"Johnny Ramone Would Be Proud of the Style and Substance"

To appreciate this single on the surface, you need nothing more than an appreciation for the McRackins branch of the Ramones-core family tree. Yet you seek more—I can sense it—and if baseball-themed punk rock laced with Simpsons references (well, one anyway, the band's name is nicked from Springfield's local baseball team), this is your band. It's a perfect fit. The band's sound and look are an orthodox interpretation of the Ramones tradition and the Isotopes' lyrics are all about playing the game the right way—what to do after certain types of outs, how to run the bases—doing the little things right, following protocol. The mold has been cast, folks, work with it, or, as the Isotopes declare, "When I'm in the line-up you'll do it my way/Never shall the order be reversed." Johnny Ramone would be proud of the style and the substance. - Razorcake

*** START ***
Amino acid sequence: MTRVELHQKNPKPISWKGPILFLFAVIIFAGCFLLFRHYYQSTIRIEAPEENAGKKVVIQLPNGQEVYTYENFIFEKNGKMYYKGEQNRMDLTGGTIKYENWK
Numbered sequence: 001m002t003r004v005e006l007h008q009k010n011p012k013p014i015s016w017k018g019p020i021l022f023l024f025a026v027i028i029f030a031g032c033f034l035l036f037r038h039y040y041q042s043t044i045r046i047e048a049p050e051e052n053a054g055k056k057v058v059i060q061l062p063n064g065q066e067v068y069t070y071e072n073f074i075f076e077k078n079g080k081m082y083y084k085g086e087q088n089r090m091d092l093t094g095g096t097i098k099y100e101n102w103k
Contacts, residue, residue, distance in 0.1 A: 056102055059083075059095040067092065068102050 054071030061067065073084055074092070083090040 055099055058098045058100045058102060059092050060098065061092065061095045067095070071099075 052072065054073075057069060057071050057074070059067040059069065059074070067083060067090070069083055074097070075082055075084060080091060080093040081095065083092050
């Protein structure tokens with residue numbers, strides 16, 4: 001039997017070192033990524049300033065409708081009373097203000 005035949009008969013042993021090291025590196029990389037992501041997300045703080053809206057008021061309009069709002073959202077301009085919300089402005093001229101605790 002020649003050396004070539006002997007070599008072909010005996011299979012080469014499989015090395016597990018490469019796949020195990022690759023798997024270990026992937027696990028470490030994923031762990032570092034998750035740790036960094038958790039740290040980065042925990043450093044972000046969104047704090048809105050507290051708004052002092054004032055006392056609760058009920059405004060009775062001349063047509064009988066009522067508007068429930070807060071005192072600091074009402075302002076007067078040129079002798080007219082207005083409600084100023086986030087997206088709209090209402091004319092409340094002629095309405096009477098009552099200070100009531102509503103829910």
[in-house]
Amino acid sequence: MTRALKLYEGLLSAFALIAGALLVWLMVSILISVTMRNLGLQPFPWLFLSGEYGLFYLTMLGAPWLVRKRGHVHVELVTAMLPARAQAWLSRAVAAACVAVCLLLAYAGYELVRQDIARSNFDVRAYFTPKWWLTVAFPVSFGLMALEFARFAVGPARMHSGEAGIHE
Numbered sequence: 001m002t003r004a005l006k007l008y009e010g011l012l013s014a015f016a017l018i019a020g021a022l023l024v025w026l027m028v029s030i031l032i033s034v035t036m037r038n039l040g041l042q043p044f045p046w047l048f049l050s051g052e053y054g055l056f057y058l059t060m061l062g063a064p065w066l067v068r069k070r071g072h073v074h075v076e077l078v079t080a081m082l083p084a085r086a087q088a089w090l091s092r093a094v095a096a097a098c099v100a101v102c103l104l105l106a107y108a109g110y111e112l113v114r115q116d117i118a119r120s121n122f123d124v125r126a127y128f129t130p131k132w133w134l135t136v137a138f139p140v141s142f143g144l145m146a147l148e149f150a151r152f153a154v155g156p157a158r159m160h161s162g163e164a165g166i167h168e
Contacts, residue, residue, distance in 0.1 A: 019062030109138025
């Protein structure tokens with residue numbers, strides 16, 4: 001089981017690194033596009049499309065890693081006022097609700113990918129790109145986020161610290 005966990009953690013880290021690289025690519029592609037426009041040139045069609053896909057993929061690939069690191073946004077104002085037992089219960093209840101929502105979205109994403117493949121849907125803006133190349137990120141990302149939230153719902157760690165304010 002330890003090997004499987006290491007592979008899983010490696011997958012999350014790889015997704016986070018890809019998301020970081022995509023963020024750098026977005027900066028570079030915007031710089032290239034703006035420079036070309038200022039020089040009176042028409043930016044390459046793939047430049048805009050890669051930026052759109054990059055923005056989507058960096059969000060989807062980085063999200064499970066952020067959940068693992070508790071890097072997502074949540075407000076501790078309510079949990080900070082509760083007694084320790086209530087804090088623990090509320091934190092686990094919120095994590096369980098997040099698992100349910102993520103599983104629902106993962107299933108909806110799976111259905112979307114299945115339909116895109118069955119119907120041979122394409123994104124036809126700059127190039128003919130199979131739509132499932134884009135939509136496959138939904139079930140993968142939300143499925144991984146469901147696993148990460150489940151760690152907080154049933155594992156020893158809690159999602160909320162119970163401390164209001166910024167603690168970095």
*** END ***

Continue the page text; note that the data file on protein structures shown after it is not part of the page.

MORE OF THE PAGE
"Vancouver's Isotopes Hit A Grand Slam!"

By Jenny Charlesworth, April 30, 2009
If the extent of your baseball knowledge ends at Cracker Jack and AstroTurf, local sports-enthused quintet Isotopes might be a bit over your head. The act isn’t messing around when it claims to be Vancouver’s premier baseball-themed punk band—a lengthy conversation with the Straight peppered with terms like Baltimore chops and chat napping more than proves it.

“I wrote a song about baseball and realized I couldn’t think of any other topics to write about, so I decided to write songs only about baseball,” explains frontman Evan October, interviewed with his bandmates at a Commercial Drive sports bar.

When October, formerly bassist for the Jolts, says he’s been focused on the realm of umpires and switch hitters since forming the “team” in 2005, he’s not exaggerating. Listen to “Suicide Squeeze” or “Infield Fly”—two of the spunky chargers off the outfit’s new Heatseeker EP—and you’d be hard-pressed not to imagine the guitarist as a latter-day Pat Hughes running the play-by-play as the Cubs try to make up the count.

With catchy numbers about “protecting your man” making reference to bases being loaded, it’s tempting to look for metaphors hidden among all the ESPN–worthy jargon, but Justin Safely, the act’s rhythm guitarist and alternating bassist (or, as he likes to be called, the utility infielder), insists that there aren’t any underlying messages.